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  • Malvika Jaganmohan

A panicked junior solicitor has been struck off: what does this say about the legal profession?

Updated: Apr 19



Trigger warning: discussion of suicide attempt


Legal Twitter has been buzzing recently with the news that junior solicitor, Claire Matthews, formerly of Capsticks Solicitors, has been struck off. (I refer to her as 'Claire' in this piece rather than 'Matthews' because the latter seems impersonal and cold - no disrespect is meant by it).


Claire left a briefcase containing sensitive documents on a train. The Solicitors Disciplinary Tribunal ('the Tribunal') found that a week after losing it, she told a colleague that she had forgotten the case at home and that she would return it - a statement which the Tribunal found was untrue as Claire knew she had lost the case at this point .The Tribunal also found that Claire had emailed her supervisor to say she left the briefcase on the train that morning, concluding that the email had been written to make it seem as though the briefcase had been lost later than it had actually been lost.


Claire had been admitted as a solicitor in September 2017 and had only been qualified for eight months when the incident occurred. She had been employed by Capsticks for just over three weeks when she lost the suitcase.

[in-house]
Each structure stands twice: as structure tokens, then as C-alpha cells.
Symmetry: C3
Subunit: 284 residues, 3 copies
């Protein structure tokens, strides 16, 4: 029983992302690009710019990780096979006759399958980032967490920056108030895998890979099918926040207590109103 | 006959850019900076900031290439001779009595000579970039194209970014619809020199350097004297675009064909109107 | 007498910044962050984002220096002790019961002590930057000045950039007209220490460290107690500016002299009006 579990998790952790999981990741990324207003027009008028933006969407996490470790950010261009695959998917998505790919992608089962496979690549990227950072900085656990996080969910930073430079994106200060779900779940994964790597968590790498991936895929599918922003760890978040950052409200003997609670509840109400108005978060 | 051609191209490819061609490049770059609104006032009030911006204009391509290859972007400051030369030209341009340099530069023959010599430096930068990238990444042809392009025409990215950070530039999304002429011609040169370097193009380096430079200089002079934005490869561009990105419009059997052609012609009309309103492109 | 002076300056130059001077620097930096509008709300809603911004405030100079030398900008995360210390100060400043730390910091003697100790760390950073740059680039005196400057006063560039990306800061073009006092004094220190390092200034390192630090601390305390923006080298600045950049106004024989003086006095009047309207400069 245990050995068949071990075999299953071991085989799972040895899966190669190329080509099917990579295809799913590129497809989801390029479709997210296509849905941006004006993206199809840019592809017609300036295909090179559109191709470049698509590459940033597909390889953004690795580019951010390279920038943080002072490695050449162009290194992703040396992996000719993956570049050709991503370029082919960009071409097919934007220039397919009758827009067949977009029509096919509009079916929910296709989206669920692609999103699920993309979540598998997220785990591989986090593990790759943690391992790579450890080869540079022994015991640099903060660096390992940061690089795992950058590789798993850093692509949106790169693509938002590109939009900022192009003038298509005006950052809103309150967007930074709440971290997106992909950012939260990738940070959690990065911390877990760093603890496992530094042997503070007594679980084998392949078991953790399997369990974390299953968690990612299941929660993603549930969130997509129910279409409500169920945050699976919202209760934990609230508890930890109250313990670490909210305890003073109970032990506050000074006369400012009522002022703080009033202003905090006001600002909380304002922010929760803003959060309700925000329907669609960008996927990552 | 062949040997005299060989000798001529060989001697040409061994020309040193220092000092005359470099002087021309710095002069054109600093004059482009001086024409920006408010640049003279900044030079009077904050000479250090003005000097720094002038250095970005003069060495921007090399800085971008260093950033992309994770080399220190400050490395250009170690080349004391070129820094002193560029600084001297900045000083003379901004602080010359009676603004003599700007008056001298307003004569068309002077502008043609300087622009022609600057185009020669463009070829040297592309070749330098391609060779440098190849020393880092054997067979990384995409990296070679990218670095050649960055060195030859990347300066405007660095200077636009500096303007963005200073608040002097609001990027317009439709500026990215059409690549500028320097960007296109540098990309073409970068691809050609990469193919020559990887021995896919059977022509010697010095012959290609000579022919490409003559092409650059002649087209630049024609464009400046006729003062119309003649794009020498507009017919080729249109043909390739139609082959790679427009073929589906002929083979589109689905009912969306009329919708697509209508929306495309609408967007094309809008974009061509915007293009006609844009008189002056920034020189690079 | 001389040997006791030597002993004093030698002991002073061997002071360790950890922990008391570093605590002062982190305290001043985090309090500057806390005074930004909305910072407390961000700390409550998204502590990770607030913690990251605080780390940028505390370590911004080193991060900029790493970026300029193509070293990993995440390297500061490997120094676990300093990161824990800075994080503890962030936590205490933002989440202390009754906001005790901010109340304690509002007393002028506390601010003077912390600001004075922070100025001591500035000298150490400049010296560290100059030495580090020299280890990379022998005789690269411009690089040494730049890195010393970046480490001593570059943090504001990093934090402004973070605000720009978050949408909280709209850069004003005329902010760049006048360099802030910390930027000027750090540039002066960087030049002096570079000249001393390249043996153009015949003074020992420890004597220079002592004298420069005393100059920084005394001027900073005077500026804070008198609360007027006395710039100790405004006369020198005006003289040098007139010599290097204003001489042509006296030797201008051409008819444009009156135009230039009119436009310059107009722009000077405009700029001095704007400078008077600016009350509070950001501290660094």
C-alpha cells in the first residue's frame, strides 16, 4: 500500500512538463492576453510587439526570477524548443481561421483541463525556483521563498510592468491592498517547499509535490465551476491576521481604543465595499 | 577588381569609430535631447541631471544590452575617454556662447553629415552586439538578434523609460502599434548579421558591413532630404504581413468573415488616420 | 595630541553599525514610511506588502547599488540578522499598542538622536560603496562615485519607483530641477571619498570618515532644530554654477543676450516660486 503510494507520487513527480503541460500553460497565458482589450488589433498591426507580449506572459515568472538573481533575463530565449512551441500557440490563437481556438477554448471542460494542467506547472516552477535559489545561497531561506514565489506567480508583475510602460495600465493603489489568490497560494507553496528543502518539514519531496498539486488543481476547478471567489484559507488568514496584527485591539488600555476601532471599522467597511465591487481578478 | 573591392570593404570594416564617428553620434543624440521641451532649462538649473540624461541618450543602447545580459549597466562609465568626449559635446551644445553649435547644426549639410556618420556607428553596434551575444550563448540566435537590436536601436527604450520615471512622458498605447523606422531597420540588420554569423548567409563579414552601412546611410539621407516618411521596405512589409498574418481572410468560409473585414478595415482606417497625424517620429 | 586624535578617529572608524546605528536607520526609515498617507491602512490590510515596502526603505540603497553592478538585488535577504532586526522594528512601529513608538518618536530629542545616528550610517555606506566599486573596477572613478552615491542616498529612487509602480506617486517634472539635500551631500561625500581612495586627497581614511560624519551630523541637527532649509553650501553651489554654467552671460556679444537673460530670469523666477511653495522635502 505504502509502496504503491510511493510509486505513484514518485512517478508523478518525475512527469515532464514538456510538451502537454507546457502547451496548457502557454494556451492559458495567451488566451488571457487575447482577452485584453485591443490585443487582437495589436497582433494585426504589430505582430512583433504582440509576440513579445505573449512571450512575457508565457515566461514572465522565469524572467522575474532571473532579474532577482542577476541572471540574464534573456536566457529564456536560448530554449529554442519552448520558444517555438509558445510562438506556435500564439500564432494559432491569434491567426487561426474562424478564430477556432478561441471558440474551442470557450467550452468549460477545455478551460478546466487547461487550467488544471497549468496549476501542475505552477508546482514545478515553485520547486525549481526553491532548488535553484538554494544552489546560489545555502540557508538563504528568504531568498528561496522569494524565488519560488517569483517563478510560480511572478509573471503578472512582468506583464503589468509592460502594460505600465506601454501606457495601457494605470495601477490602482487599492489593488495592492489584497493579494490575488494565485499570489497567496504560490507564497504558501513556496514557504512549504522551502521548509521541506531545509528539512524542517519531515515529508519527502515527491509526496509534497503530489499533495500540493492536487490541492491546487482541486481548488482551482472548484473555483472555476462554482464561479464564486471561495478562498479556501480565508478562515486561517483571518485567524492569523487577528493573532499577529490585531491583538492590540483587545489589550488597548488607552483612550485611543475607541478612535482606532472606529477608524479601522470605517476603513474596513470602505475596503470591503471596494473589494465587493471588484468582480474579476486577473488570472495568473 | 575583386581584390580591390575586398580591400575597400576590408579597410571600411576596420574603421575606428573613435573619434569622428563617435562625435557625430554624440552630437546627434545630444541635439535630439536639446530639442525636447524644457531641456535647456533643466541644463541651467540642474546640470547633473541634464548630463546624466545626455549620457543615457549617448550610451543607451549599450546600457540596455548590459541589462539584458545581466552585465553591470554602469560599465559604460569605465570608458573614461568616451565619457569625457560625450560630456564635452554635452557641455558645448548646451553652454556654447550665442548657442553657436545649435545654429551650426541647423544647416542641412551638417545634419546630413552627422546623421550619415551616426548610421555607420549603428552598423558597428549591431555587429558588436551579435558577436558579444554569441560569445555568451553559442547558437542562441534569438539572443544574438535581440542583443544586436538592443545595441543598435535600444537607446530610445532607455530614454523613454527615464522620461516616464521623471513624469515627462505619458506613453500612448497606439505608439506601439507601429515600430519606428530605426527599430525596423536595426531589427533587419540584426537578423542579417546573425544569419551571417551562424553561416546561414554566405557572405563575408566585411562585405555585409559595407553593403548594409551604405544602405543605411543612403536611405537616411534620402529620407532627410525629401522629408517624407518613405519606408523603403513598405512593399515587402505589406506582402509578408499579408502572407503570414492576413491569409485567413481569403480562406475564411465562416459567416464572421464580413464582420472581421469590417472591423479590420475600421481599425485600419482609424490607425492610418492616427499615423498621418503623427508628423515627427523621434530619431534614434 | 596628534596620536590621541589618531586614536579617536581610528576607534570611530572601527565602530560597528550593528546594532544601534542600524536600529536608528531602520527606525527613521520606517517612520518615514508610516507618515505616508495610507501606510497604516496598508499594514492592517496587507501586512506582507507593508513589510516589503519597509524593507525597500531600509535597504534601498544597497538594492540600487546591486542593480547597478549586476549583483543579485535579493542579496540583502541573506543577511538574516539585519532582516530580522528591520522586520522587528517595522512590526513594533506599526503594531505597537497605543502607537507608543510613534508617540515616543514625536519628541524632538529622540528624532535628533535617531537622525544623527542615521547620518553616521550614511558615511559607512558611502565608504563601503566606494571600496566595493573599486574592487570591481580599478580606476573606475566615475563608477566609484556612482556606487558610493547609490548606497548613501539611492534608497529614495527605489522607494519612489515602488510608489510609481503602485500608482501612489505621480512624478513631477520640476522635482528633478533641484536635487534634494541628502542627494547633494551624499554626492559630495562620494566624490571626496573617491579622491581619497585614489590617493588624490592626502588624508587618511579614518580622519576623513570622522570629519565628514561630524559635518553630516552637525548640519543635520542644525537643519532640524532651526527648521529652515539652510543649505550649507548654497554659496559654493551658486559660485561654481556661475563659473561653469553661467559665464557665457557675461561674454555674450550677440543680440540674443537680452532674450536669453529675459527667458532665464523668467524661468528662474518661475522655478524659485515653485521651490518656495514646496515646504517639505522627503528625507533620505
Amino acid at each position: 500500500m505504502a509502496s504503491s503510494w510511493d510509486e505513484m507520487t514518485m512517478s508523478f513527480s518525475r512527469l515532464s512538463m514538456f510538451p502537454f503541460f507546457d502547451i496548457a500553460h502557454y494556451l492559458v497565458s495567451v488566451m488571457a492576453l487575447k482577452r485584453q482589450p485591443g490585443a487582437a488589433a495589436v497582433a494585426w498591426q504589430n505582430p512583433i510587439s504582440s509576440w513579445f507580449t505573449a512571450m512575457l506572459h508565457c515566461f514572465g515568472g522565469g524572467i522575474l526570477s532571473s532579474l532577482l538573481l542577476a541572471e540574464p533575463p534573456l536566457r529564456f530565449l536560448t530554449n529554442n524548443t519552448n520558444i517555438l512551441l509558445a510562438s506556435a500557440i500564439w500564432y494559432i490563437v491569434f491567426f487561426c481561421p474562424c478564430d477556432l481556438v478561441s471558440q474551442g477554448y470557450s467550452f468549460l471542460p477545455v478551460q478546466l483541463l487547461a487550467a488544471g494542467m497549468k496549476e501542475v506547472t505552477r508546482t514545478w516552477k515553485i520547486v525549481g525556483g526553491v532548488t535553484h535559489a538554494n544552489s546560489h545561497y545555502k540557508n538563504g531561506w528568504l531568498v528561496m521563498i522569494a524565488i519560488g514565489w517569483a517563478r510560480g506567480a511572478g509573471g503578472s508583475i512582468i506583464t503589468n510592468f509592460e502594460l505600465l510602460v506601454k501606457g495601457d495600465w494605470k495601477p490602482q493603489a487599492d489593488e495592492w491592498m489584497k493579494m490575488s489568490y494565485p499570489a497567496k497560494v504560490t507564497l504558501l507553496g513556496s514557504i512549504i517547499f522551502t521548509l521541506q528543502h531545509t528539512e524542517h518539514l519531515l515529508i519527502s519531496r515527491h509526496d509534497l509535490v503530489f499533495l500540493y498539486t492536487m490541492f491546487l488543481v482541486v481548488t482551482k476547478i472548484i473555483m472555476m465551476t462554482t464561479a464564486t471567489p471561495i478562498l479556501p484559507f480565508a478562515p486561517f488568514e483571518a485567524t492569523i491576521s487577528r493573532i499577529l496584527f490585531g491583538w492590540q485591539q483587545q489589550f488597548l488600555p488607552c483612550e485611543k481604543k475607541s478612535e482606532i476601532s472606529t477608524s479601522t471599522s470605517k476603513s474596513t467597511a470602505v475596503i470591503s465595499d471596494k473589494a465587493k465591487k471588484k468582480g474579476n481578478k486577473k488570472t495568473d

Interestingly, it was not Capsticks who had reported the matter to the SRA on the basis of Claire's dishonesty or conduct; the investigation was triggered because X - the litigant in person to whom the lost papers related - complained directly to the SRA.


There are a few things that trouble me about this decision. There's a lot to the judgment and I can't possibly go into all the detail; it should be read in full. But I would make the following observations.


There are repeated references in the judgment to Claire's historic struggle with her mental health. Four months before starting with Capsticks, she had been signed off work by an Occupational Health specialist with stress and anxiety. Claire told the tribunal that she was "overcome by uncontrollable fear, anxiety and panic as to what had occurred" and "she became panic-struck with the dread of informing Capsticks as to what had happened, particularly as she had only been with the firm a matter of weeks." She described the days after the loss of the briefcase as "the darkest of her life: she barely ate, slept or showered." At her lowest point, she said she resorted to drinking bleach in an attempt to end her life. Claire's sister provided a supporting letter where she said she hid her balcony key because she was worried about Claire's state of mind.